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Oligodendrocytes are a supportive cell in the brain. They produces a protective coating – called myelin – which insulates the primary projecting branch of neuronal (called axons) and aids in the rapid transmission of signals in the brain.
Medical conditions associated with these cells include the inflammatory condition of multiple sclerosis. It is fair to say that oligodendrocytes have been largely neglected in the context of Parkinson’s research.
But that might be about to rapidly change.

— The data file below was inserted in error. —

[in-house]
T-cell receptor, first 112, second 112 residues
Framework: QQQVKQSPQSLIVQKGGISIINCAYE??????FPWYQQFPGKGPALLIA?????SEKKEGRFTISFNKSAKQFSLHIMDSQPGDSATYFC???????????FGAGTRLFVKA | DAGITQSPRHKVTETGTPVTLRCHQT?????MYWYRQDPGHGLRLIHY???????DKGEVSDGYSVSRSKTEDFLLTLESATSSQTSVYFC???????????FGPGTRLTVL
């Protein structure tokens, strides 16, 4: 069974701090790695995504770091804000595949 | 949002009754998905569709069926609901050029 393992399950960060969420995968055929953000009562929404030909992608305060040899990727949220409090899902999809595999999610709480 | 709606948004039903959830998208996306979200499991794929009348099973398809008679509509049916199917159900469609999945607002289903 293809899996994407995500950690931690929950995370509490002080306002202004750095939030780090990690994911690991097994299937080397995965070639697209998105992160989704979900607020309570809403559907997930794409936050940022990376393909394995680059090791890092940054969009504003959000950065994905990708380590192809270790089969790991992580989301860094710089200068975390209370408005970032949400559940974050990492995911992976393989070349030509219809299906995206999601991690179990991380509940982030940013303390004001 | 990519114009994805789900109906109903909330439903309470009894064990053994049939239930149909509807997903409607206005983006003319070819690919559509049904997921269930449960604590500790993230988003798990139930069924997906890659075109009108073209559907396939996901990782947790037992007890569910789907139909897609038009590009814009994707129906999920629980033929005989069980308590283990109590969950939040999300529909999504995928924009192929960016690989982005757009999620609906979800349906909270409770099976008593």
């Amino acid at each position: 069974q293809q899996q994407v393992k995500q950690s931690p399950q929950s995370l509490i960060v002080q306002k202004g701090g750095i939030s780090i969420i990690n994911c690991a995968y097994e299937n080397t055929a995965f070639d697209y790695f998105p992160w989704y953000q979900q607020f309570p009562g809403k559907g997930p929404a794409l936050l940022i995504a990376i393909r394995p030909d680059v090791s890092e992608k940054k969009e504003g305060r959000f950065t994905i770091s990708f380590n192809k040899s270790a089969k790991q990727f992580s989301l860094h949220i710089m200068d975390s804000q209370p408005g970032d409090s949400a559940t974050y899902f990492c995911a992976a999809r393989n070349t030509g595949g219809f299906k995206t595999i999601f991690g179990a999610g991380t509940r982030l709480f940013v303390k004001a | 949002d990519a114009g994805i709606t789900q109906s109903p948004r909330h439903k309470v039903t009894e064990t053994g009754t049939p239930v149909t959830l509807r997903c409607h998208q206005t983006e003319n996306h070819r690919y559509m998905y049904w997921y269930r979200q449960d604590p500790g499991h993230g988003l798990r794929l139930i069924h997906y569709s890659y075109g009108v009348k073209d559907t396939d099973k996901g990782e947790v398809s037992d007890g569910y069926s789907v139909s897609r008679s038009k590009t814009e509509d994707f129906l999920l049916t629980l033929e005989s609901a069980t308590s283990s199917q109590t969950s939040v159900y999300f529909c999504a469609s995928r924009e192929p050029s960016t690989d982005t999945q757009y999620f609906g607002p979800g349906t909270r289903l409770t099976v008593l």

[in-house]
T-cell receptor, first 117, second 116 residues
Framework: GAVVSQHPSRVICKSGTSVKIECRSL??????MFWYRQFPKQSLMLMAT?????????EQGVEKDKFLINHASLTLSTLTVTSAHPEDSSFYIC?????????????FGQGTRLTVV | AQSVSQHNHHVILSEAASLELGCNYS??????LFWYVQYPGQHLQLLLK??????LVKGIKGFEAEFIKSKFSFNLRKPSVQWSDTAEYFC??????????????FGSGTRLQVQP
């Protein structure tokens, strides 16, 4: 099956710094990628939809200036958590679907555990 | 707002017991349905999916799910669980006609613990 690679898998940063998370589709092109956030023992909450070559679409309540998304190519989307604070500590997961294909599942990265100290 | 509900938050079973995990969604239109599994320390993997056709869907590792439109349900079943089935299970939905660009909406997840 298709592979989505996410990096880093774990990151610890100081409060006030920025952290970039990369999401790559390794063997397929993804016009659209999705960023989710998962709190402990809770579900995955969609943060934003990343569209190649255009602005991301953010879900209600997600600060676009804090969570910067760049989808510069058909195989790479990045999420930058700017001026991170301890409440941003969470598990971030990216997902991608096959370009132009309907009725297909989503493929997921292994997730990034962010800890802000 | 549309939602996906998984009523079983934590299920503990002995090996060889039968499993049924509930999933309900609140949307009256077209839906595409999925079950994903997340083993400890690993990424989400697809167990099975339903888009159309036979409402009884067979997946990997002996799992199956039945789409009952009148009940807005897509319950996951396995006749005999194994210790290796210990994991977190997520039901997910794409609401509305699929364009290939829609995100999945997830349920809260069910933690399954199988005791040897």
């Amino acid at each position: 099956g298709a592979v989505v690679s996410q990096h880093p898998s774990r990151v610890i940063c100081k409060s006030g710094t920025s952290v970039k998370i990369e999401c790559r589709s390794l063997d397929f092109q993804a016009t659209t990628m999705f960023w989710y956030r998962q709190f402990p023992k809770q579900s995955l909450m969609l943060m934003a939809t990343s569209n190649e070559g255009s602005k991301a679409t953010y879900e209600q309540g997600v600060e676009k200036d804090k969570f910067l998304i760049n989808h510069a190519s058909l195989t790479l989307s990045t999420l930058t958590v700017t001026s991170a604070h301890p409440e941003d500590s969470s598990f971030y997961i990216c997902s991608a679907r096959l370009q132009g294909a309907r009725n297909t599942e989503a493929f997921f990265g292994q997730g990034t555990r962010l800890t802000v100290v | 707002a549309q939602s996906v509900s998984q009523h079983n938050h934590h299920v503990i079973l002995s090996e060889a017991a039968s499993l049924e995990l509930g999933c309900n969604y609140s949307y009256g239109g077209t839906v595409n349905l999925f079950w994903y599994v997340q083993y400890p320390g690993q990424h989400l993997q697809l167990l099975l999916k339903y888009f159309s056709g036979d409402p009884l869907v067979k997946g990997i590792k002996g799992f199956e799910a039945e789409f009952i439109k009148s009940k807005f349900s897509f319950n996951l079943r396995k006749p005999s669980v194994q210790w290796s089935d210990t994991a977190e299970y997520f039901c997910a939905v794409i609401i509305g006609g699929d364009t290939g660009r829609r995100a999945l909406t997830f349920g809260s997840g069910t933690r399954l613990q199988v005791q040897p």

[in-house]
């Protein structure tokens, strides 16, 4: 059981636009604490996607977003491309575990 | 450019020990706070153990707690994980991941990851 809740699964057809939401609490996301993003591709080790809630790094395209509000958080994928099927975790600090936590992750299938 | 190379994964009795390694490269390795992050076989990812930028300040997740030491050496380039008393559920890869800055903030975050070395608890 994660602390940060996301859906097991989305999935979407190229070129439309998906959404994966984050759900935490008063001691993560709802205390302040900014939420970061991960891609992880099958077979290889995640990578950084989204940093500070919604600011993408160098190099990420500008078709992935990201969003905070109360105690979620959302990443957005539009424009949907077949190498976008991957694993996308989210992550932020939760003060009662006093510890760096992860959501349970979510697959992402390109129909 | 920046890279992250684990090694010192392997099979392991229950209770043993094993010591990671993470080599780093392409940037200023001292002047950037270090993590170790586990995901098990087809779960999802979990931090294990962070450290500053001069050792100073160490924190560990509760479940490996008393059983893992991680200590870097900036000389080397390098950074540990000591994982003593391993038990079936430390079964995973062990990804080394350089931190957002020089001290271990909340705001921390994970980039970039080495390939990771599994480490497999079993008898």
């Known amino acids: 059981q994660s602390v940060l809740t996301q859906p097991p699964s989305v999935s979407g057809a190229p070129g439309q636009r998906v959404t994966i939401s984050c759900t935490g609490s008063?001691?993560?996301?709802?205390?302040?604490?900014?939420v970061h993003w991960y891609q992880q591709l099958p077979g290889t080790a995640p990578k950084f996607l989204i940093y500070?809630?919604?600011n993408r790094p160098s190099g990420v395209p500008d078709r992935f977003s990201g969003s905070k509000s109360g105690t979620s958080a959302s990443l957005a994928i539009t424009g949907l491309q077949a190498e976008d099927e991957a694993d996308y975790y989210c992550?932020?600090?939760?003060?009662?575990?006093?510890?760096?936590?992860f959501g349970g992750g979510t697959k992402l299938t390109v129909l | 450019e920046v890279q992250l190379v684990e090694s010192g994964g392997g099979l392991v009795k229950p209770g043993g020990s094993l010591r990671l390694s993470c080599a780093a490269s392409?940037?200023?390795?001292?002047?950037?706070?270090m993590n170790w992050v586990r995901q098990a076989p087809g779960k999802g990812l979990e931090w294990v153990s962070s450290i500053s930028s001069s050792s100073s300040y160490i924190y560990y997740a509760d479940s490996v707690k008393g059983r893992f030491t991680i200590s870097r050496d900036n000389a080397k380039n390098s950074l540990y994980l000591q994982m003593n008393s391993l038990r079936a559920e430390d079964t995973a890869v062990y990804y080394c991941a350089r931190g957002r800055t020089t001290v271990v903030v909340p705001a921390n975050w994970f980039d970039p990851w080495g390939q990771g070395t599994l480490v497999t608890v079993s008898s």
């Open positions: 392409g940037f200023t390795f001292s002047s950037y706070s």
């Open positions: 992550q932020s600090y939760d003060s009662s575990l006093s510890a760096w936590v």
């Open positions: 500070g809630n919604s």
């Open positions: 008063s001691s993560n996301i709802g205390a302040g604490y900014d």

In today’s post, we will discuss what oligodendrocytes do, and explore new research that may point towards a role for oligodendrocytes in Parkinson’s.
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The name “oligodendrocyte” comes from the Greek.
‘Oligos’ (ολιγος) meaning small or little; ‘dendros’ (δενδρος) meaning tree or bush; and ‘kytos‘ (κύτος) meaning ‘cavity’ or ‘cell’.
The name was given to cells in the brain with small branches by the Spanish neuroscientist Dr Pío del Río Hortega (1882–1945):
Pío del Río Hortega. Source: RTVE
Del Río Hortega developed a staining method that allowed him to differentiate what the great Ramón y Cajal referred to as the “third element” of cells in the brain. Initially calling them “interfascicular cells”, Del Río Hortega later changed the name to oligodendroglia.
(For those who would like to read more about Pio del Río-Hortega – click here for an excellent review)
Cool. But what do oligodendrocytes do?